“Building a strategic direction for the Stu Clark Centre is not so different from creating a strategic direction for a business,” she explains. “You identify your audience, what they need, the services they require, and then develop the activities to support them on their journey.”
The Stu Clark Centre also hosts the annual Stu Clark New Venture Championships, where student teams present their business plans and elevator pitches to industry experts in competition for cash prizes. All participants receive free advice and feedback, and get to connect with other entrepreneurs, investors and business leaders.
From discovery to social impact
For researchers, UM’s Partnerships, Knowledge Mobilization, and Innovation office helps move discoveries from the lab into real-world applications. Among other things, the office provides guidance on intellectual property, and offers the national program Lab2Market to help bring research to market. Another example of learning about and for entrepreneurship.
It also connects those looking to become entrepreneurs with the right people in Manitoba’s innovation ecosystem. For example, it has built strong relationships with North Forge Technology Accelerator, the Futurpreneur Entrepreneur Startup Program, and Startup TNT, a community of investors and startup supporters.
According to Loren Oschipok, director of Partnerships, Knowledge Mobilization and Innovation, “We’re interested in helping every researcher move their innovations from academia into our communities. While those rare ones that bring in huge financial returns are exciting, we’re also here to support the smallest idea that could have social impact and effect positive change.”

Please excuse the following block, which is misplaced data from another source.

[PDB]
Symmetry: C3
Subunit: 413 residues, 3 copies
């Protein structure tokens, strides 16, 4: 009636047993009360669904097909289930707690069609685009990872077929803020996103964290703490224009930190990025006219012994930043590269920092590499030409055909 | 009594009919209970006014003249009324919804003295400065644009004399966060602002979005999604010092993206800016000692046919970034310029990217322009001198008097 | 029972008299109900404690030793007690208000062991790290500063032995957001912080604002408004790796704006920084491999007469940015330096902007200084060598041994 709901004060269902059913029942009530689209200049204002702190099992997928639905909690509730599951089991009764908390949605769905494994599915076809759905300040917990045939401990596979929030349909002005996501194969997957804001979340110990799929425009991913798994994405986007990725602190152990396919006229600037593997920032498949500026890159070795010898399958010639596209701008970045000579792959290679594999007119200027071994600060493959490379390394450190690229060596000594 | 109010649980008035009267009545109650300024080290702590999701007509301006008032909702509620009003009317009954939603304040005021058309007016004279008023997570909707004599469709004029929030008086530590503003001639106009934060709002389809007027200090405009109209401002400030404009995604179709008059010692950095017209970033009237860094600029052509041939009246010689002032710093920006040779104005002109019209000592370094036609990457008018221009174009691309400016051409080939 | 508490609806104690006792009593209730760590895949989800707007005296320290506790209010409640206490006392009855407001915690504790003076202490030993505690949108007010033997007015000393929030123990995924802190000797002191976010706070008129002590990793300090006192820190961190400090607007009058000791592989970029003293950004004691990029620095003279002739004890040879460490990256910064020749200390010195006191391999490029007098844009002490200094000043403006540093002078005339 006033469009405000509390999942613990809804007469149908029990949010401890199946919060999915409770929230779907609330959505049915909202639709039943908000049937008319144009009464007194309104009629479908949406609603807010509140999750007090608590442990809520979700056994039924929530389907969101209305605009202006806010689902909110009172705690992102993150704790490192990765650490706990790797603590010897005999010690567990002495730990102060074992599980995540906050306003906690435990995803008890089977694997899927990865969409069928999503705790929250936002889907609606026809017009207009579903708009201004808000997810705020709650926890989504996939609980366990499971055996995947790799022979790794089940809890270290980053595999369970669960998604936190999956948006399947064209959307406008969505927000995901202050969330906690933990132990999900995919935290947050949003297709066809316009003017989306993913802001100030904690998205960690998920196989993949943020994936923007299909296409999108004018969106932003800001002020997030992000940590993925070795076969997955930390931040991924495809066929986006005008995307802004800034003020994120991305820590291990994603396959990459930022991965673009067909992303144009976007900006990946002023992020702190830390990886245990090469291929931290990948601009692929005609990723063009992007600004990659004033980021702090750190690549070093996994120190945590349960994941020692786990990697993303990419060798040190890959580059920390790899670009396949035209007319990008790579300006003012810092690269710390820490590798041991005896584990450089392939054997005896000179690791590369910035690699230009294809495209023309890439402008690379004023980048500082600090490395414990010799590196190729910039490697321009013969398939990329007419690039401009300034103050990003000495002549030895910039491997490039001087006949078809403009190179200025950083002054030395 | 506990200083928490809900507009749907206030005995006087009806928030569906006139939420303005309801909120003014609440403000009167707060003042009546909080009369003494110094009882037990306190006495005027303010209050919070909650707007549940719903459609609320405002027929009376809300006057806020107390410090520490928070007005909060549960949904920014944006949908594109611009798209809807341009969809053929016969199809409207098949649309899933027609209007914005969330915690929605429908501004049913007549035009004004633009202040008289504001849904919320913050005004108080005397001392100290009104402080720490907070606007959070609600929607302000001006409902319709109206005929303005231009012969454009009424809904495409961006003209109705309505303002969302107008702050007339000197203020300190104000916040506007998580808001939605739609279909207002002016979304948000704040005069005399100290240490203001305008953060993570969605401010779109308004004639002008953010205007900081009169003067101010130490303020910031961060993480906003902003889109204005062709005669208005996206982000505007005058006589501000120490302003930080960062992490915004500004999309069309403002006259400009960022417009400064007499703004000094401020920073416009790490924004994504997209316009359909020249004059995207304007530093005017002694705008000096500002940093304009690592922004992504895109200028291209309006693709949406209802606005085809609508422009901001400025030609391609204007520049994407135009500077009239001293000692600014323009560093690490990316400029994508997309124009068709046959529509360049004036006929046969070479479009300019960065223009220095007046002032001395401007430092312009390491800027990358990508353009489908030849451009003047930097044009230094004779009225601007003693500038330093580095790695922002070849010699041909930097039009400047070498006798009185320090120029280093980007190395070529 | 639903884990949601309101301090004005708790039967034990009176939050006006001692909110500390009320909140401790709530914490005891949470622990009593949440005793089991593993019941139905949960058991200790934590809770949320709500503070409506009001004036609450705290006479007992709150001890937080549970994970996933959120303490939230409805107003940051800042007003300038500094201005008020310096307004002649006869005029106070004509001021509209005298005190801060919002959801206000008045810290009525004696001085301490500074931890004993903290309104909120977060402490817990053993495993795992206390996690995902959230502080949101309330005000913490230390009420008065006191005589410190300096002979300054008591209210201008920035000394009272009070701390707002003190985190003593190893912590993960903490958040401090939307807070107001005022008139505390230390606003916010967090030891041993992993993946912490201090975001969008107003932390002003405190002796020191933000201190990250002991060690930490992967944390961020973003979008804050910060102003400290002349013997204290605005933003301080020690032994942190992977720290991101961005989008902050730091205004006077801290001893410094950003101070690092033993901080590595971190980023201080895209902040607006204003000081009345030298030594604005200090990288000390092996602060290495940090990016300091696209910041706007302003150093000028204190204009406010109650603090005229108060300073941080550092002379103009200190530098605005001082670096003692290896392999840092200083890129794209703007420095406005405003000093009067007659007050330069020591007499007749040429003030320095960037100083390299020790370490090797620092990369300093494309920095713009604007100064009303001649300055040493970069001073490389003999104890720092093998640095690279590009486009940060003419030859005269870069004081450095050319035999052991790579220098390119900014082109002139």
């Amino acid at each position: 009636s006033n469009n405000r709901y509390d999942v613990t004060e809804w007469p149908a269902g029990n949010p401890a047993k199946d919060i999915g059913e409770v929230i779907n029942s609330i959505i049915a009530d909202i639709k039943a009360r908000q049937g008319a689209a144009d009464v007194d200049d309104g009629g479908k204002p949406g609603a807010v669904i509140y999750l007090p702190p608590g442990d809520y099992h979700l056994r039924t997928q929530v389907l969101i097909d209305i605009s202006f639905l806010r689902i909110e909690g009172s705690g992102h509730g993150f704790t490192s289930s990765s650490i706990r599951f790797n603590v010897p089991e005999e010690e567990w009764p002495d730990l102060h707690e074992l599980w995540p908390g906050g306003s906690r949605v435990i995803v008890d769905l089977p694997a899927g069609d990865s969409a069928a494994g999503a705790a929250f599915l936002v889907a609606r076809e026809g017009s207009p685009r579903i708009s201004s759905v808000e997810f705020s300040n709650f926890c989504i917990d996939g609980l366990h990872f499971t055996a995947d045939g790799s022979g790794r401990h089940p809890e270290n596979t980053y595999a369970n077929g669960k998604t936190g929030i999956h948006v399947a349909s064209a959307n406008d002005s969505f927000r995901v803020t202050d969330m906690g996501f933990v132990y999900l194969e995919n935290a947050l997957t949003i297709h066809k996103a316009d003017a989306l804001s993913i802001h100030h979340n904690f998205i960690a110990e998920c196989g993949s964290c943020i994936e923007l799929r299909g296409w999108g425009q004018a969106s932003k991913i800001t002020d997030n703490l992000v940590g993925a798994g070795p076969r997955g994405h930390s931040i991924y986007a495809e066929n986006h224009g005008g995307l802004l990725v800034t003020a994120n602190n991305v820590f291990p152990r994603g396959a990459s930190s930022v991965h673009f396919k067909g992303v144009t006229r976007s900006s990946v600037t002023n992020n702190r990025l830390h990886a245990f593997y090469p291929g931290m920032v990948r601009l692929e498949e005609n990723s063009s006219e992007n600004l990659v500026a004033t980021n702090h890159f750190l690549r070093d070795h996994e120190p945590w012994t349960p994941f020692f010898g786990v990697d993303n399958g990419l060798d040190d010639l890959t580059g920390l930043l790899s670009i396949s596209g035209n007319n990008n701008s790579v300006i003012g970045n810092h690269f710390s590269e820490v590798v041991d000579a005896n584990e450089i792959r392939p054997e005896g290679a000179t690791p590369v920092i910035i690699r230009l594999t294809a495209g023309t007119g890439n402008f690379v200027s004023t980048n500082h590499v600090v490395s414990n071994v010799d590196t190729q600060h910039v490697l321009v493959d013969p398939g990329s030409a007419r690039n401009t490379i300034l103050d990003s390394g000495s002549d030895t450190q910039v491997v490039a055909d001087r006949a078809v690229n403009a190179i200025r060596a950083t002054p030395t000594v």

For science researchers and students, the Science Innovation Hub acts as a first point of contact, offering its own training, networking and funding opportunities. It also connects scientists with other UM resources, such as the Stu Clark Centre, and the Partnerships and Innovation office. The Hub recently hosted their first ever Science Spark 3K Pitch Competition, where student teams present their research and commercialization plans, and receive coaching and feedback.
As the Faculty of Science Lead for Bioscience Entrepreneurship and Industry Partnerships, Hans-Joachim Wieden has been involved in many activities of the Science Innovation Hub. For example, he co-led BioExM, a biotech innovation hub inspired by his work in RNA-based bioengineering. He was recently appointed UM’s new associate vice-president of Partnerships, Knowledge Mobilization and Innovation.
“Our goal is to lower barriers to entrepreneurship and innovation,” Wieden explains. “If we want to address pressing global and social challenges, we need to empower researchers – anyone, in fact – to develop and deploy their innovations.”
The second photo is from the Science Spark 3K Pitch Competition on April 27, 2023. It was taken in Marshall McLuhan Hall at UM.
The changing face of entrepreneurship